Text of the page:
But then how do you cement inside a piling driven into the seafloor? The cement would likely have to be mostly in the section where pipes are passing through the bottom of the water column. That would allow pressure build up in the section of the 30" conductor just below seafloor, which is often very soft mud if understand correctly. I could be way out in left field here--but I think I have a basic grasp of the principles behind plumbing and mechanical systems.

I guess another option would be to require a real seal at the top of the conductor but also to have a sufficiently sized outlet to a flare stack just below that point--all right from the get go. More money and time but if these high pressure/high temperature formations are the bear they seem to be a bit more precautionary engineering would seem fitting. What's it cost to have this platform and all nearby operations down for at the very least weeks on end? That's not mentioning the possible human life costs, which is immeasurable to those (including family and friends) at risk but is quite quantifiable as increased insurance premiums to the corporations involved. (I've been at the write off end of that stick.)

note: I added another post up the page which went into posting pdf images. The material contained in those files can make it worth the effort for those who have the time--which in this case I had, glad to be of some service. You and ROCK bring plenty to the table here that can't be learned messing on a laptop for half an hour, thank you both.

This link PDF doesn't seem to exists any more, the first article from Total with some actual details of what happened, now it vanishes. Maybe too much detail? people may actually be able to work out what is going and realize what a cluster, these gents have got themselves into.

It is possible it contained wrong information, but then surely they would post a rebuttal, rather than just vanish the PDF.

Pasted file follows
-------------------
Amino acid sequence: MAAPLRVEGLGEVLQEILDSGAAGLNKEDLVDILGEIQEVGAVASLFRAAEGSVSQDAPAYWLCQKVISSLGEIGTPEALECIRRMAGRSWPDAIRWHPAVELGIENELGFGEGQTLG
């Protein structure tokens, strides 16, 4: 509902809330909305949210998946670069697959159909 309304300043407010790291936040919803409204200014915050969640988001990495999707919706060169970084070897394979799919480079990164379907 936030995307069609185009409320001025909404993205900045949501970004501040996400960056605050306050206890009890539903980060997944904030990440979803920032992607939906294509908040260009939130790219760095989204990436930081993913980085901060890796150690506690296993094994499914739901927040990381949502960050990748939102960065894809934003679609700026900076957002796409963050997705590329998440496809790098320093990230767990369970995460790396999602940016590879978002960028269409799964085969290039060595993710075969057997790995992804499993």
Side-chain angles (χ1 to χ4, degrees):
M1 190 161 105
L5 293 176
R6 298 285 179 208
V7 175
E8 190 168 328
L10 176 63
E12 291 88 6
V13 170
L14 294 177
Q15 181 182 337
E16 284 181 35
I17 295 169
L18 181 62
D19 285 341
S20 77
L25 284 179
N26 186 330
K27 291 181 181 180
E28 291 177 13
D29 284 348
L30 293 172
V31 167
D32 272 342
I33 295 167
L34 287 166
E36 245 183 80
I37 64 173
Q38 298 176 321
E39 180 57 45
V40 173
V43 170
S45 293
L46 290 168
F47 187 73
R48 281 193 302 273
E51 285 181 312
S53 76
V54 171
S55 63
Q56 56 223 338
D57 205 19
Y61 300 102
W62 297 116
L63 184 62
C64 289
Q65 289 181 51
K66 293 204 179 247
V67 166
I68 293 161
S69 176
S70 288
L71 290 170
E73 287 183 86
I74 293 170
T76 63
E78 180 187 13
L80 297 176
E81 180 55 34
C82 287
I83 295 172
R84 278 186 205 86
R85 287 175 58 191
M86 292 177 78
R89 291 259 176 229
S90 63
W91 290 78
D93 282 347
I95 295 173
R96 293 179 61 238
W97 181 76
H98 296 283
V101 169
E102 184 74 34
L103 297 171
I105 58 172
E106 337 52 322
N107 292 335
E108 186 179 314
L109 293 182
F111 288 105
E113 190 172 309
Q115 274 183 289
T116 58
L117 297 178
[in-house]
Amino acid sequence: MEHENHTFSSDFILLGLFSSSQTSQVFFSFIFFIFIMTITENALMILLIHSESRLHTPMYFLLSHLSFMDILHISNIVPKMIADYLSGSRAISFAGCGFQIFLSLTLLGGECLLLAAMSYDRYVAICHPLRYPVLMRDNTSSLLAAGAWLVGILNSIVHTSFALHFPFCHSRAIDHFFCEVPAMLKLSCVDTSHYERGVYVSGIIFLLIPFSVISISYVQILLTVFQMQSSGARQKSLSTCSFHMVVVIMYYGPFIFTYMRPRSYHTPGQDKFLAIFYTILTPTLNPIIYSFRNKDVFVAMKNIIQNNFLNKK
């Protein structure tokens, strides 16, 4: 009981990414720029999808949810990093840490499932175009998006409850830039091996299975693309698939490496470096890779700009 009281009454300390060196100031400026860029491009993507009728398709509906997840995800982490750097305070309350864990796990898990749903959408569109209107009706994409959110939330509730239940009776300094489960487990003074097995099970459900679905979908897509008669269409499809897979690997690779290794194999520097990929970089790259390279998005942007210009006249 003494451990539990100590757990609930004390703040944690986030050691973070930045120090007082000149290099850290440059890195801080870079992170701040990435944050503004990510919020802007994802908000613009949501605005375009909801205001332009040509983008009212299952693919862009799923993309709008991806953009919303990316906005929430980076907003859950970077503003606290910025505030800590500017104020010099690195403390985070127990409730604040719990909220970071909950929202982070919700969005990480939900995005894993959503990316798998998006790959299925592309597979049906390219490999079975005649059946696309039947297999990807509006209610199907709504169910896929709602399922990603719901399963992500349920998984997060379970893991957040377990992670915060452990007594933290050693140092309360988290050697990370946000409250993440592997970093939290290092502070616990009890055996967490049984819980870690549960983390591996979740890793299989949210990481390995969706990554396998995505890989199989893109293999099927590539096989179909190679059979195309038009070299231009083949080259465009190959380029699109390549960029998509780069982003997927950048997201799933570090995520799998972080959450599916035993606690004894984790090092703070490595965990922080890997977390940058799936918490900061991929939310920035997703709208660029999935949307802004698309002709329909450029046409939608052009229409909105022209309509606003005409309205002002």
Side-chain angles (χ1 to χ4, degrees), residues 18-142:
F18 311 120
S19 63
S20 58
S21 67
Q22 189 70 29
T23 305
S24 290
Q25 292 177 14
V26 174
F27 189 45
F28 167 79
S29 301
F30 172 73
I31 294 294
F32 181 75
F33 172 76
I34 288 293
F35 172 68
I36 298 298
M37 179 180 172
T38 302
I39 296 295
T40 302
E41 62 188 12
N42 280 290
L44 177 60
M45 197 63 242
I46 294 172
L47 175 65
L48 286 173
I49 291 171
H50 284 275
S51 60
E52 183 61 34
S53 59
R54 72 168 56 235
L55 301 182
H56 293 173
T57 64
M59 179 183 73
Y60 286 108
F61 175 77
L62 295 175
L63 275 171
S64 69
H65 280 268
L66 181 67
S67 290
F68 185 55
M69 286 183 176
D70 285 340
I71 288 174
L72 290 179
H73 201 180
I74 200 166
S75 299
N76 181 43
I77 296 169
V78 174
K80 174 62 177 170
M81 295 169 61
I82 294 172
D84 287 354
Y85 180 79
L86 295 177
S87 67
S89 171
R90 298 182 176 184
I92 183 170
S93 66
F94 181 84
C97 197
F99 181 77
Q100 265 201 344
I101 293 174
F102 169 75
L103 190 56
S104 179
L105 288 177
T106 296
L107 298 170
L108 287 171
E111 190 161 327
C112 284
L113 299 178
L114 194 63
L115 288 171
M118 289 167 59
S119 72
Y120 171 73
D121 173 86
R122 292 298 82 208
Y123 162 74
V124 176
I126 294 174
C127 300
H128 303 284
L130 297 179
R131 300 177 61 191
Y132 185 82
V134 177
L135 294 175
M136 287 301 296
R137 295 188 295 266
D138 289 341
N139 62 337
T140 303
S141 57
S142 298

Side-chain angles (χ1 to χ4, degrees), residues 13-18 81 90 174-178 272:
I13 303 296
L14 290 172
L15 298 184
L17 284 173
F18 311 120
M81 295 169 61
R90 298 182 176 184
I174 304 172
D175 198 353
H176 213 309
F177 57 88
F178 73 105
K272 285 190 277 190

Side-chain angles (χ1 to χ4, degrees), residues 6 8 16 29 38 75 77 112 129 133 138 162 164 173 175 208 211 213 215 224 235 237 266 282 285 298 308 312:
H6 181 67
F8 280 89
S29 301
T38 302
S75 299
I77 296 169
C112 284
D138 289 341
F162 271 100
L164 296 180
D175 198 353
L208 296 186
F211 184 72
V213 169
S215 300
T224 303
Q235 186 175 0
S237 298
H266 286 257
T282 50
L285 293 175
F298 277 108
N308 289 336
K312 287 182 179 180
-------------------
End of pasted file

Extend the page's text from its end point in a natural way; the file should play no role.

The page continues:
Hi toolpush I think you have the wrong URL for me is working:

Edit to say: I have it saved as well

Thanks Gel,

My link is working now, I think Total must have been having trouble with their site, as I was getting 404's.

So all is good, but I also saved the PDF as well. A lot of handy info in that file.

Total to get go-ahead to kill leaking North Sea gas well

Along with the good flare/bad flare tango, we have

But the discovery that the source is just 1.5 kilometres away from the main gas reservoir, one of the world's deepest, suggested that the amount of gas feeding the leak may be larger than first thought.

I thought they said the gas had very low H2S, indicating that it was not coming from the producing reservoir.

A senior union official said on Friday that Total had repeatedly assured workers a leak was impossible until just hours before evacuating them.

The second boxed quote sounds eerily familar to what the BP man said prior to Macondo's blow-out.

Karl - Sadly in my personal experience such statements are not uncommon. To be fair it's typically a judgment call. Of course that's a function of one's experience as well as pressure from management to move forward as fast as possible. But it's also not uncommon for such judgments to be challenged on the spot. Recall the response of one of the Macondo hands after his concerns were dismissed: "Well...guess that's why we have a BOP". I can promise you that wasn't a spur of the moment adlib. I've heard that expression more times that I like to remember. I've used it and was almost run off the job for it. And it's always done in front of witnesses. Basically saying: "If it goes bad I'm not going to cover for your stupid *ss". It sounds like the union rep made such arguments. If so and matters turn very bad out there, such as an explosion and/or death I suspect we'll see more comments from the hands out there.

Thanks for your honest reply, Rockman. In your opinion, how long will a shut-in well, one whose production is deemed insufficient/over, on the ocean floor remain shut?

k - If a well is properly designed and tested it can stay shut in safely for decades. Much longer than you would likely ever leave a well shut in. But I wonder if you meant to ask how long a plugged and abandoned well would not eventually leak back into the evironment. If a well were P&A as per the specs of the Texas Rail Road Commission it will likely not ever fail IMHO.